“Red flag” laws are laws that empower judges to seize people’s firearms if they exhibit certain troubling behaviors. In the wake of the Parkland massacre, such laws gained a great deal of attention, as they were pushed as a potential solution that would prevent other such tragedies from happening.
However, those laws aren’t without problems.
Those problems caused a “red flag” bill to slam head-first into a roadblock in Colorado yesterday.
A contentious measure that would have allowed Colorado judges to order the seizure of guns from people considered a “significant risk” to themselves or others was rejected Monday night by Republicans in a GOP-controlled state Senate panel.
“There is no divide in the Senate,” Senate Majority Leader Chris Holbert, R-Parker, told reporters Monday, underlining that fact.
The bill would have allowed relatives, household members or law enforcement to petition a judge to issue a temporary protection order for the removal of firearms from a person deemed an “extreme risk.” The court would then have held a second hearing within a week on whether to weigh evidence that would have barred the person from having or receiving a firearm for six months — and potentially longer.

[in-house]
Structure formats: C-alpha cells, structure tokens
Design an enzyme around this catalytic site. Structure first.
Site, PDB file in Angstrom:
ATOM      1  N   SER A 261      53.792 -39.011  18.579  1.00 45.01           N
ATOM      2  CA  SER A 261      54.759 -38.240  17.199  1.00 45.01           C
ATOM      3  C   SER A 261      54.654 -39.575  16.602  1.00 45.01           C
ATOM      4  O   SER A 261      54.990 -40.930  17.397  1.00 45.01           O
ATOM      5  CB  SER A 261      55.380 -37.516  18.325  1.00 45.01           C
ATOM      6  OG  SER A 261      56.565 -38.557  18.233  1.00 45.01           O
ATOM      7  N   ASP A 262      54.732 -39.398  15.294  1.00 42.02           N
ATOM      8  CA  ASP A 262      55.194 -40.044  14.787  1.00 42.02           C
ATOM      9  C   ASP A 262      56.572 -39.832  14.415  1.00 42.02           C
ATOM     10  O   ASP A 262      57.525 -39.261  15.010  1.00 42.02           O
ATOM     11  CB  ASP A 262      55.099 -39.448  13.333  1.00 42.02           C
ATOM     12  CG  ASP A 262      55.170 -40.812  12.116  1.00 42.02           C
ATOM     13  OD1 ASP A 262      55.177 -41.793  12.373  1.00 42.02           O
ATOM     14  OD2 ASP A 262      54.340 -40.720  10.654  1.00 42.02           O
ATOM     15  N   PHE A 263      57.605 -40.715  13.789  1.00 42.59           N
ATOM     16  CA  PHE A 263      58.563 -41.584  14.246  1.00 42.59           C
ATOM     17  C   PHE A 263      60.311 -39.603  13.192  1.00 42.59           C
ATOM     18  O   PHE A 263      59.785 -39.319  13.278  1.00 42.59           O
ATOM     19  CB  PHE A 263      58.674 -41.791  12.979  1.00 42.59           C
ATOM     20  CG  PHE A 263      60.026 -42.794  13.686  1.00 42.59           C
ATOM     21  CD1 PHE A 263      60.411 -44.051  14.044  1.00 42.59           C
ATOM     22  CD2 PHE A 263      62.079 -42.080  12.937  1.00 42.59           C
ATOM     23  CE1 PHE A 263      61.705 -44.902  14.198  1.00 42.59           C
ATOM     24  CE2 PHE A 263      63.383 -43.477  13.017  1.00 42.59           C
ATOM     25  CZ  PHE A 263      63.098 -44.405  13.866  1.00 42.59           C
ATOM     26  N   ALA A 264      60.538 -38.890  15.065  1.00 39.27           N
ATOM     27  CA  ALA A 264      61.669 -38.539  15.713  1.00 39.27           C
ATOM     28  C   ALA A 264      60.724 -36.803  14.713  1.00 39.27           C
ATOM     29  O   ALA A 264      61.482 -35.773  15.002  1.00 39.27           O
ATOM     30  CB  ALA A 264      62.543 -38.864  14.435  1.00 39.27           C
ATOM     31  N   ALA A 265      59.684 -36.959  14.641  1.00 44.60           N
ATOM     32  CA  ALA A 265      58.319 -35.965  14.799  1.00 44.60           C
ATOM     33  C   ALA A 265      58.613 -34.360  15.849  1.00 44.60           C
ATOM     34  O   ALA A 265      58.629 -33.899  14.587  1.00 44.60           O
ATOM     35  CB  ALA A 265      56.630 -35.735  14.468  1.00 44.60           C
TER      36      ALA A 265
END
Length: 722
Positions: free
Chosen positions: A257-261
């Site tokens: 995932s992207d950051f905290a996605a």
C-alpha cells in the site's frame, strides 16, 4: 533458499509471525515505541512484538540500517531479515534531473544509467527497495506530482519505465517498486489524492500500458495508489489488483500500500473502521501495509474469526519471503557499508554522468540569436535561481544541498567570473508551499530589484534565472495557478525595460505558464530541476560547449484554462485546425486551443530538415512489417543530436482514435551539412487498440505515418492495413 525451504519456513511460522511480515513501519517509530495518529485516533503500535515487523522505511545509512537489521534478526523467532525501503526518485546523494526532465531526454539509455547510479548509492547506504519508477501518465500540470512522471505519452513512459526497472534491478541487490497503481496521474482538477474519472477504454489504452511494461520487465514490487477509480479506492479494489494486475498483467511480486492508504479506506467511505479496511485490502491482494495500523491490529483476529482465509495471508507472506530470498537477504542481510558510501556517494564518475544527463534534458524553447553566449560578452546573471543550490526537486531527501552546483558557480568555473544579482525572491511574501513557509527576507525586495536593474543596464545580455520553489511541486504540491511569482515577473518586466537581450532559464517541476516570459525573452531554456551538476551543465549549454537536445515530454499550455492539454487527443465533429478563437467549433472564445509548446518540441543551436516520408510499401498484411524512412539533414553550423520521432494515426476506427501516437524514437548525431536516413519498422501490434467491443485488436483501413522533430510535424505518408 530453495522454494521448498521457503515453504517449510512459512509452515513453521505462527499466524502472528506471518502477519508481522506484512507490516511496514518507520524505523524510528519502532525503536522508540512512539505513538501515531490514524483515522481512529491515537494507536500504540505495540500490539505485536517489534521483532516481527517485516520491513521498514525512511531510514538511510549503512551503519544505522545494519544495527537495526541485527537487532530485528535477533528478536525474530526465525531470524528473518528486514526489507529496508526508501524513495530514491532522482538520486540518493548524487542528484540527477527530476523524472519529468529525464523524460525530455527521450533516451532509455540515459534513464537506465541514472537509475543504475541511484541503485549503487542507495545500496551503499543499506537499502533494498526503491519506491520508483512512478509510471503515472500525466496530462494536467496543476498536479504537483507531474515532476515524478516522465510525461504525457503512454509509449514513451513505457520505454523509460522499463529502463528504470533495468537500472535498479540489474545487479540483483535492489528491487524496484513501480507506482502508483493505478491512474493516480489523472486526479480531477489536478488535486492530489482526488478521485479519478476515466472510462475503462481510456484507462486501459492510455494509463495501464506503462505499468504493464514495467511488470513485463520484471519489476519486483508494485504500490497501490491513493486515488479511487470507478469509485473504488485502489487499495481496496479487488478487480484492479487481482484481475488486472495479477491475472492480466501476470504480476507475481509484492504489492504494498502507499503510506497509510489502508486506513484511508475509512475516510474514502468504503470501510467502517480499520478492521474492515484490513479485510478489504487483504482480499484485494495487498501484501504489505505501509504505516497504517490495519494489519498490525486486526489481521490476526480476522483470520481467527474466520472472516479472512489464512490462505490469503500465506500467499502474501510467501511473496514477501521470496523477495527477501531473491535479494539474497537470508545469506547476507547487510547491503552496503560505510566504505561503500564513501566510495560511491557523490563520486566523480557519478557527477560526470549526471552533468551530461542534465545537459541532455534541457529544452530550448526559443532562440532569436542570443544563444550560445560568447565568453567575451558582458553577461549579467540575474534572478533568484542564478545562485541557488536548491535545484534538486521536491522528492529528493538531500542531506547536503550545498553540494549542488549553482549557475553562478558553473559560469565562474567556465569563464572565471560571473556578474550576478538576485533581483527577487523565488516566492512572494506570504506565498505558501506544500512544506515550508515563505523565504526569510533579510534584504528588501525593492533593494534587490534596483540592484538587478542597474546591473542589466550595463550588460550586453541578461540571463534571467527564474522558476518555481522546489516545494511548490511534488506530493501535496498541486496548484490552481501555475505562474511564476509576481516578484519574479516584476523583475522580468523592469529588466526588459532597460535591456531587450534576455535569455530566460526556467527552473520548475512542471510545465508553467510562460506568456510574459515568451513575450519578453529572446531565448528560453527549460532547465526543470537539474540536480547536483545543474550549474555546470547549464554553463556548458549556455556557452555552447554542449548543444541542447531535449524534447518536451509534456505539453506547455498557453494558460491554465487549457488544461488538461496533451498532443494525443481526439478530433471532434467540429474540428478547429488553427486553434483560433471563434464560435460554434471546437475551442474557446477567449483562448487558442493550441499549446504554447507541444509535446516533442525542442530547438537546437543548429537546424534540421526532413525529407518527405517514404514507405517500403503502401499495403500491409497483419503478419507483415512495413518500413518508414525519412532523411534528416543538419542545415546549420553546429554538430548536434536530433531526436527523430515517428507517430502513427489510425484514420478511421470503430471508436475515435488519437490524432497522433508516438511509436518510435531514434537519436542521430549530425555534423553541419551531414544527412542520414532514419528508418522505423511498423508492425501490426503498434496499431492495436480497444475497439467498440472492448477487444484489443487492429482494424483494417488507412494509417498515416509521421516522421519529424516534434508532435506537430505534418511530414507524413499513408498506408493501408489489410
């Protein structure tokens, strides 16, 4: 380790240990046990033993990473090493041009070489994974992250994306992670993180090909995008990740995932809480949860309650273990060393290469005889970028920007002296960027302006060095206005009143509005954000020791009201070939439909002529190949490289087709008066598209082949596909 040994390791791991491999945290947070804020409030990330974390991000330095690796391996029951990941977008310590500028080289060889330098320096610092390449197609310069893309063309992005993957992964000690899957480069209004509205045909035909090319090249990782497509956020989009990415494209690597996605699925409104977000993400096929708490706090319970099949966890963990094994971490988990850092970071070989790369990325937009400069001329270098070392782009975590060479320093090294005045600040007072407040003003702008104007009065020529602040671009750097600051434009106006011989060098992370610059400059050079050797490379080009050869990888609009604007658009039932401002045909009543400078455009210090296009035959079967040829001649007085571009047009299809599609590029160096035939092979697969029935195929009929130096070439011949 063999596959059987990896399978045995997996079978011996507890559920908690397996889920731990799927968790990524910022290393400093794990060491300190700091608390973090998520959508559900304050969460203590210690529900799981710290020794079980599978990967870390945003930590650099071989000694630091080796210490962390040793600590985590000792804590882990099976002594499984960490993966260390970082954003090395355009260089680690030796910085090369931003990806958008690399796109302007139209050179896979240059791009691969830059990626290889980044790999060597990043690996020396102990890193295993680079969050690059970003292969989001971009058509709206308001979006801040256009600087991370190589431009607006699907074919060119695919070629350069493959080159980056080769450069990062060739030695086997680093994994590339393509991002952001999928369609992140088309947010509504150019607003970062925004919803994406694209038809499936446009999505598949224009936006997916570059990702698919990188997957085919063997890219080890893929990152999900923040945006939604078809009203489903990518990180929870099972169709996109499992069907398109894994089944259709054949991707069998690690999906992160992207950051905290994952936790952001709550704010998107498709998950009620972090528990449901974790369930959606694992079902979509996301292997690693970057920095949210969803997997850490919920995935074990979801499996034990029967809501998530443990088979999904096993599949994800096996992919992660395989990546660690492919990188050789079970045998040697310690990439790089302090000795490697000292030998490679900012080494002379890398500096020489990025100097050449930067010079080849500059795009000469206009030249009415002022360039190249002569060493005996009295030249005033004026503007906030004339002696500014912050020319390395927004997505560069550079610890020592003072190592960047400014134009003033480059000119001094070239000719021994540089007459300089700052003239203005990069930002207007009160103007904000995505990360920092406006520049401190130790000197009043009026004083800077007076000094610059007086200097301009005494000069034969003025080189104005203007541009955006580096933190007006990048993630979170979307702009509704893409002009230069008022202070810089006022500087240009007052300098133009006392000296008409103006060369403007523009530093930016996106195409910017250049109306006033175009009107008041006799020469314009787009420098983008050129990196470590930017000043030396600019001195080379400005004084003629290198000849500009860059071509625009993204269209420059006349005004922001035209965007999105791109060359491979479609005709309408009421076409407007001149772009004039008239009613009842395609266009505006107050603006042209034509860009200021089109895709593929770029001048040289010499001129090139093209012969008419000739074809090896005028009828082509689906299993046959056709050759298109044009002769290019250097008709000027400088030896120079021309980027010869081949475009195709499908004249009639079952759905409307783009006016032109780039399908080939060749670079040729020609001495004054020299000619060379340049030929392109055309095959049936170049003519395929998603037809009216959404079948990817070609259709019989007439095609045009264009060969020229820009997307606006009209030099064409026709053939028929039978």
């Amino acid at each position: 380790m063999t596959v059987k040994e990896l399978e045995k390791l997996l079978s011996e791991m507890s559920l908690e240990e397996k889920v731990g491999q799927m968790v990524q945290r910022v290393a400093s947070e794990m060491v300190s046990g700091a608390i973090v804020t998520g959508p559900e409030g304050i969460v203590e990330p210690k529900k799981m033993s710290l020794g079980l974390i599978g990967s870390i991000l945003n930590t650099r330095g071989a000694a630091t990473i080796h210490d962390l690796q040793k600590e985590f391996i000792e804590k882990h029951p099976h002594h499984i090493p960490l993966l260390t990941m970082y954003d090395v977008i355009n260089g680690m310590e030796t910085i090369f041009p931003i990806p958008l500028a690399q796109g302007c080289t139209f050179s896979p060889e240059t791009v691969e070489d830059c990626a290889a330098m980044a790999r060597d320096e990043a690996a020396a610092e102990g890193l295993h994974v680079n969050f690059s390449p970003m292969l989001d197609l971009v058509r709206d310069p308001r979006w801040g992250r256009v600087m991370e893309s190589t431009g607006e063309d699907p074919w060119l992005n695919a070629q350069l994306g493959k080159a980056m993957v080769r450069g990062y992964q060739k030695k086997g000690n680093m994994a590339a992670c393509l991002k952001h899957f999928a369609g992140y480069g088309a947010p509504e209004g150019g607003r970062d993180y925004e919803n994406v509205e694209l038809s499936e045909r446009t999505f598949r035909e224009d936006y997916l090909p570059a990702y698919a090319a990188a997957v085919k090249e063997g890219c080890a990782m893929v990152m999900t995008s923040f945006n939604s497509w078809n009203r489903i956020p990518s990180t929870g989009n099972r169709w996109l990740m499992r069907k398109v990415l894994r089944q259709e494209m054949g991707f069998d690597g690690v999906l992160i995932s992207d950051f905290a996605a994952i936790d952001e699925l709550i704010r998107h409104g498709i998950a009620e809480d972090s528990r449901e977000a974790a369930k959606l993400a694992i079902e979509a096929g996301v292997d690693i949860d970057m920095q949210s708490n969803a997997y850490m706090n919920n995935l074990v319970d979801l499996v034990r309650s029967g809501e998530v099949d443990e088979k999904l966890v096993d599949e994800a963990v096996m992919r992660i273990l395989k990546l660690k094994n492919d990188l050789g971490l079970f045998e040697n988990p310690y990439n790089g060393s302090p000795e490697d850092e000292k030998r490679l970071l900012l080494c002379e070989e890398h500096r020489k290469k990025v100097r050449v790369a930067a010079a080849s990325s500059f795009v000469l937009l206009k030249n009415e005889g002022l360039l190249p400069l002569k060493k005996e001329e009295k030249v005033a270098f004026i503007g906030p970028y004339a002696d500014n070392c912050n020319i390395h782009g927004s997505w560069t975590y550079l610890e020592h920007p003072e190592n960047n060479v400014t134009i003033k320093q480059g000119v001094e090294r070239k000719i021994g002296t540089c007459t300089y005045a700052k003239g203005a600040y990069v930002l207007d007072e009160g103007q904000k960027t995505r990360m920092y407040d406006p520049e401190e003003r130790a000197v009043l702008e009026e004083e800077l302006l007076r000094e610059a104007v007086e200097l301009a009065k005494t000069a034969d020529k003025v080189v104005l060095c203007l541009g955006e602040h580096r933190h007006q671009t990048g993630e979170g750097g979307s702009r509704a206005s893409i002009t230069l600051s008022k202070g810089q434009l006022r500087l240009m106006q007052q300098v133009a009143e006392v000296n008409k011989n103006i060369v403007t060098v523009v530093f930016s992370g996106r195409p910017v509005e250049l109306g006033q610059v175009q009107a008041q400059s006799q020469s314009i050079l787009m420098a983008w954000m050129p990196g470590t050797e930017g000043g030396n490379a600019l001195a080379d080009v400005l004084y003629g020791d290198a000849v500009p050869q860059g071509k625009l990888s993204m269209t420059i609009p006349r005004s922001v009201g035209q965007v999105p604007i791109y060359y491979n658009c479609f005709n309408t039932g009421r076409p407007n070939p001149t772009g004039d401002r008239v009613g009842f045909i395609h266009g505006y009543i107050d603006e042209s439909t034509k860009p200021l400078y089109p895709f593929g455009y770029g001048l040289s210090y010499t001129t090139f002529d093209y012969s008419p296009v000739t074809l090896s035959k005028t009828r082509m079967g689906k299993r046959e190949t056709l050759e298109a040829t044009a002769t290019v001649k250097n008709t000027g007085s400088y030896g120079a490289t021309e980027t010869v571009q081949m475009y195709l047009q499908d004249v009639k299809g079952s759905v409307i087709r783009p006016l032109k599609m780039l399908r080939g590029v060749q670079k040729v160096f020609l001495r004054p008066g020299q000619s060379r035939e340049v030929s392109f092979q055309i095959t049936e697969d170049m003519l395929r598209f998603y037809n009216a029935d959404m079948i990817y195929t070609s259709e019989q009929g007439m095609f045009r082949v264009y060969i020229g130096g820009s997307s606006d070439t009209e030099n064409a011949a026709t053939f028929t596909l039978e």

The judge could have considered a person’s recent credible threats of violence, relevant mental health issues, any history of domestic violence, abuse of controlled substances and evidence of a recent acquisition of a firearm or ammunition in determining if they were a risk.
But when the measure was introduced last week, it immediately prompted fierce blowback from conservatives who worried it represented government overreach — despite the backing of big-name Republicans outside of the Capitol, like U.S. Rep. Mike Coffman and 18th Judicial District Attorney George Brauchler. Republicans in other states have also passed similar measures, which came into national focus after February’s high school shooting in south Florida.
The bill passed the Democrat-controlled House with only two Republicans voting in favor of the bill, one of whom was a co-sponsor.
There didn’t seem to be any disagreement on the bill in the Senate. They just killed the bill in a committee meeting in a partisan 3-2 vote.
Look, I get the allure of “red flag” laws. I really do. The idea that a family member can see the warning signs and step up to save lives with the help of the court sounds great.
The problem is that it can lead to all sorts of issues. While no one wants guns in the hands of the violent, we should likewise be concerned about potentially disarming the innocent. “Red flag” laws need protections for the law-abiding before they could seriously be considered as not being completely against our sacred right to keep and bear arms.
But anti-gun politicians aren’t interested in getting it right. They’re just interested in getting it first.